Not so with old Herman. He looked contented. Happy. His lips curled upwards in death, like a smile.

Or like somebody who knows a delicious secret he doesn’t want to share.

The Fable of a Perfect Life

IMG_0419There once was created a Perfect Life. It was shiny, new and the envy of all the other Lives.

“Look at that!” Jealousy was angry. “That’s not fair. Why must I be dull and uninteresting? This is discrimination at its worst.”

“Oh, shut your trap!” Anger flashed a furious look at Jealousy. “All you do all day long, is to complain when you’re not the center of attention. Complain, complain, complain! I hate it!”

“I can’t take it any more.” This time Depression joined the group. Rarely seen in public, Depression usually hides in the shadows – but today is different. Perfect Life has brought on the worst in it. “Look at that: a Perfect life! I’ve always wanted to be like that, now it only serves to remind me how horrible I am.”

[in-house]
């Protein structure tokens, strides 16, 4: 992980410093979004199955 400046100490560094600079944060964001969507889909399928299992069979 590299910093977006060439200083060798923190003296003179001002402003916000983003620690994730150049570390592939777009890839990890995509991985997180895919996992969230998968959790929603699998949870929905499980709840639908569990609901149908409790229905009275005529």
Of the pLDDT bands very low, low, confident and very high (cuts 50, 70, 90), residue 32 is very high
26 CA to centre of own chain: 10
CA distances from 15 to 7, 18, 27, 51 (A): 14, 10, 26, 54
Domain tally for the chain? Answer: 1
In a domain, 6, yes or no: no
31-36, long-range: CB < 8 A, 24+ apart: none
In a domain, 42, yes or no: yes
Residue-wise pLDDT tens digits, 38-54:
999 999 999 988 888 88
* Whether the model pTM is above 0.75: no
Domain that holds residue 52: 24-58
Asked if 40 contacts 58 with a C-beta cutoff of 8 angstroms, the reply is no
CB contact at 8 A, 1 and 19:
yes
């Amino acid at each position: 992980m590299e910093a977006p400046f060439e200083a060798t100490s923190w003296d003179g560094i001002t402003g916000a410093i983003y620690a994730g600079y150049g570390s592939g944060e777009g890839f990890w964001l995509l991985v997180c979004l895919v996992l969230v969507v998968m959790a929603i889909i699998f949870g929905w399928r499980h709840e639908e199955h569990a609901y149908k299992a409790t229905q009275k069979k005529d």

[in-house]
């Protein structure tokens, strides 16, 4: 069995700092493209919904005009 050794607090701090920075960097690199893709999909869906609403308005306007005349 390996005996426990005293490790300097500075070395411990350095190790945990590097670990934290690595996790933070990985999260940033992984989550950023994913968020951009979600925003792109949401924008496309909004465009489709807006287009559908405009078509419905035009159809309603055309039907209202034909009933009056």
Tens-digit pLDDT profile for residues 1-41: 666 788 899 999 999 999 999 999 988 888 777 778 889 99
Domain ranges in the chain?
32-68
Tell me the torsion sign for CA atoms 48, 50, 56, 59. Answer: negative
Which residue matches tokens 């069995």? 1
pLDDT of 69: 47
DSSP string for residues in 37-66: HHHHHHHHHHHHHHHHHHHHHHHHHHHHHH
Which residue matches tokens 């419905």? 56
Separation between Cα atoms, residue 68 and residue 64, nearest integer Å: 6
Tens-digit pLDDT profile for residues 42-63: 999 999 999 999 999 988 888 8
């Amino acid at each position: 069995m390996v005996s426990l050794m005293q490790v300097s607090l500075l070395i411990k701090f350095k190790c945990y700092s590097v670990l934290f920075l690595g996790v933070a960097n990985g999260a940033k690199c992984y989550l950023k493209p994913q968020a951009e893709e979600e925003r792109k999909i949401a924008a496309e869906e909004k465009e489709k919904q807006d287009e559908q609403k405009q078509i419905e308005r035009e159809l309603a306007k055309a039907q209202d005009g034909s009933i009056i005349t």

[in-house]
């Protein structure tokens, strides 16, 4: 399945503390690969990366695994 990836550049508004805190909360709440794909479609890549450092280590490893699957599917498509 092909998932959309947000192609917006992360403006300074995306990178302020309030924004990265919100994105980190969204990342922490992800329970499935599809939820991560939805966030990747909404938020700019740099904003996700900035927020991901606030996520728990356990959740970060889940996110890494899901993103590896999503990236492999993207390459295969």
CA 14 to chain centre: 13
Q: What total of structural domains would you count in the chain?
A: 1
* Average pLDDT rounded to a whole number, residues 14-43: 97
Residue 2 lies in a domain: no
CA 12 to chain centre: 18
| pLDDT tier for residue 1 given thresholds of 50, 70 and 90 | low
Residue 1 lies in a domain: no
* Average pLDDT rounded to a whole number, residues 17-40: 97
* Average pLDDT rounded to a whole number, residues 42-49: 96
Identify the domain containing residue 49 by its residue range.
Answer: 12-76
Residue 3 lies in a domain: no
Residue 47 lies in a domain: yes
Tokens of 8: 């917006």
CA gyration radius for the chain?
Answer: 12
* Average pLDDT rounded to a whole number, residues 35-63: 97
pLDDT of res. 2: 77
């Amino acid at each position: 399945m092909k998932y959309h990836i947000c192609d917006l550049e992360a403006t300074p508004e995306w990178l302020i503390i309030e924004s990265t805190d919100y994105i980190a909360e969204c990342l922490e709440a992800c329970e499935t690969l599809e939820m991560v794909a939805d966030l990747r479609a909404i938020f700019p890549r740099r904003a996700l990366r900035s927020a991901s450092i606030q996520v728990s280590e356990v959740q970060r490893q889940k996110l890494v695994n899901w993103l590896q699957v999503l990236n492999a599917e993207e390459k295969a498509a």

Perfect Life – being perfect – tried to calm things down. “You all could be like me, you know? It’s simple, really. All you have to do is to let go of your pasts. Of course, you need Hope. What have you done with Hope?”

“Oh that one? Huh! Let me tell you.”  Faith stood a little way off, blinking away tears. “Hope was my best friend. But then these Lives stopped believing and they lost me. In fact, they chased me away, saying I’m not welcome anymore. I left…and Hope followed me. Somewhere along the way, Hope got lost. It must still be out there, somewhere.” Faith swept a hand out to the desert, where the endless dunes stretched to the horizon.

“But why, Faith? Why would they chase you away?” Perfect Life – although perfect – could not understand such madness.

“It started when Love died. It was so sad. You see, Anger and Jealousy got everybody together and told them about Love. They said Love was the reason why there is so much Pain.” This time, Faith pointed at the pitiful figure of Pain, curled up in the sand. It was writhing in agony. “In fact, what you see here, is just one, single Pain. There are many more of them living amongst the Lives. Some are, indeed, the result of Love, but there are many other causes. Love just got blamed for most of them.”

“And so…?” Perfect Life still didn’t understand.

“The three of us left. Love, Hope and me.Hope got lost. Love died. And, without my two friends, I am left to struggle along alone.”